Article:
On this episode
According to the APA, “depression is a medical illness that affects how you feel, think and behave causing persistent feelings of sadness and loss of interest in previously enjoyed activities and can lead to a variety of emotional and physical problems.
If you are struggling with depression and are contemplating suicide, please reach out and talk: 1-800-273-8255
Most of us would rather not talk about it. Its affects are wide-reaching mentally, physically and emotionally. And yet, we need to talk about it. You weren’t made to be depressed. But it does exist and people of faith and non-faith need to address it. Can we peel back the layers together and unpack this?
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What Are the Main Causes of Depression? (source)
There are a number of factors that may increase the chance of depression, including the following:
Abuse. Past physical, sexual, or emotional abuse can cause depression later in life.
Certain medications. Some drugs, such as Accutane (used to treat acne), the antiviral drug interferon-alpha, and corticosteroids, can increase your risk of depression.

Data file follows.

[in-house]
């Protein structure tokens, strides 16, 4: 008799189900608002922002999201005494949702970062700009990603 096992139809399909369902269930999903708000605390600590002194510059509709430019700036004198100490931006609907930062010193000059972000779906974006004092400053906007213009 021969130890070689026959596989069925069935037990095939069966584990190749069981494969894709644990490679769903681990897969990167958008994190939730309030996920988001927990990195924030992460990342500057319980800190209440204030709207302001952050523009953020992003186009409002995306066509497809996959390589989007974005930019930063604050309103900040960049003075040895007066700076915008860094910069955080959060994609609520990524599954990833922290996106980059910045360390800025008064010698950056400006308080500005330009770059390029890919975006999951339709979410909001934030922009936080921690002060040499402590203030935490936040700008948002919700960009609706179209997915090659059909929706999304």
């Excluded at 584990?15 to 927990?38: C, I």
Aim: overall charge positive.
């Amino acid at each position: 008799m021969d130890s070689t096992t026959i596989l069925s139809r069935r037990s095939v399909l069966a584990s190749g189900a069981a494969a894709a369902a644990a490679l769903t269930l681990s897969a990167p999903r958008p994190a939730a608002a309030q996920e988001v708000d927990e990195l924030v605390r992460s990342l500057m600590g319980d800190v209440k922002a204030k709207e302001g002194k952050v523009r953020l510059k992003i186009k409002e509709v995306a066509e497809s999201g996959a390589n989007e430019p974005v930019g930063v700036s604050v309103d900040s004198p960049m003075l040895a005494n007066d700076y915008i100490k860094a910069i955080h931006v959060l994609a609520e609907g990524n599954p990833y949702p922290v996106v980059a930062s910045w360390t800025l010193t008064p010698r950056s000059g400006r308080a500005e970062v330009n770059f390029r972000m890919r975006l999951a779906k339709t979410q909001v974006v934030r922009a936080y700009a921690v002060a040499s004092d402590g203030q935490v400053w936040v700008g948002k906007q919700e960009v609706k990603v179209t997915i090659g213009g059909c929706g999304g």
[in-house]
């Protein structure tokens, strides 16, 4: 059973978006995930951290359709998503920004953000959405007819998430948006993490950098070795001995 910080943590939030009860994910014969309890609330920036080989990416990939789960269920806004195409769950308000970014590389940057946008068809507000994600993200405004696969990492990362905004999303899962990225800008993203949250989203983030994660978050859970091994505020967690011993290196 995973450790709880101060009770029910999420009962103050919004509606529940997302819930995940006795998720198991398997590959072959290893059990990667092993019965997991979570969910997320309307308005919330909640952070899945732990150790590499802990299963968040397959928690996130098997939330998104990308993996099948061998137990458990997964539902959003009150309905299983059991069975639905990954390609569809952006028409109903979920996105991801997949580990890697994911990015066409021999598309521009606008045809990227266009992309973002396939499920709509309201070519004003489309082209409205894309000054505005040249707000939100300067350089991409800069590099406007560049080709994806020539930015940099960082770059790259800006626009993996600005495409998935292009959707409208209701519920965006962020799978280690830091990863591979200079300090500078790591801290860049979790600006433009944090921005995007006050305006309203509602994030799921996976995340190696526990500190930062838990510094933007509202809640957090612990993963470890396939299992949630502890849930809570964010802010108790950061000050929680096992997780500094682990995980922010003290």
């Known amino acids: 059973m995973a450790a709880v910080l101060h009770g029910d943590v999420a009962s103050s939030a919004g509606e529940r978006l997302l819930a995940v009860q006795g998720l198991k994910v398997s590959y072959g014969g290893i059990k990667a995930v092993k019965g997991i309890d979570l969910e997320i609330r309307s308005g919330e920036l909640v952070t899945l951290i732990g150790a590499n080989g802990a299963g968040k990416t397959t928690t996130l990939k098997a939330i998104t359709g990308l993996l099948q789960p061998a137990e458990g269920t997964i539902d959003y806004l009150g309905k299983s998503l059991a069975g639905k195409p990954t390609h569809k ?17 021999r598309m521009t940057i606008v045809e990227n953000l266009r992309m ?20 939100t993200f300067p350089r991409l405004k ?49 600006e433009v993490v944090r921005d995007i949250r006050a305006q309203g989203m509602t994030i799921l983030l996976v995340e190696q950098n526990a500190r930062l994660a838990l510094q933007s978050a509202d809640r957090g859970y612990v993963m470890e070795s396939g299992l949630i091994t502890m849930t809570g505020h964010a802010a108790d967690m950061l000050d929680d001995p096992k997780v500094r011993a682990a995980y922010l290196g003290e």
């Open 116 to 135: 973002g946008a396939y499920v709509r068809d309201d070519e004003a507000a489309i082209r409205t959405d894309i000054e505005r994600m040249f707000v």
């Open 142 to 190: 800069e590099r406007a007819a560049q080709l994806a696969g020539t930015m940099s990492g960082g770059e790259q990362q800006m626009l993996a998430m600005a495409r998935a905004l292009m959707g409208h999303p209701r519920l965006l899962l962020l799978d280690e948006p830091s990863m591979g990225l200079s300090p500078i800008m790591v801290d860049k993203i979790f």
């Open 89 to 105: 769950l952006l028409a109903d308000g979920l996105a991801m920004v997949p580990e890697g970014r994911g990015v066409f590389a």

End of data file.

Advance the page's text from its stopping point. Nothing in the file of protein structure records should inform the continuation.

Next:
Conflict. Depression in someone who has the biological vulnerability to develop depression may result from personal conflicts or disputes with family members or friends.
Death or a loss. Sadness or grief from the death or loss of a loved one, though natural, may increase the risk of depression.
Genetics. A family history of depression may increase the risk. It’s thought that depression is a complex trait that may be inherited across generations, although the genetics of psychiatric disorders are not as simple or straightforward as in purely genetic diseases such as Huntington’s chorea or cystic fibrosis.
Major events. Even good events such as starting a new job, graduating, or getting married can lead to depression. So can moving, losing a job or income, getting divorced, or retiring.
Other personal problems. Problems such as social isolation due to other mental illnesses or being cast out of a family or social group can lead to depression.
Serious illnesses. Sometimes depression co-exists with a major illness or is a reaction to the illness.
Substance abuse. Nearly 30% of people with substance abuse problems also have major or clinical depression.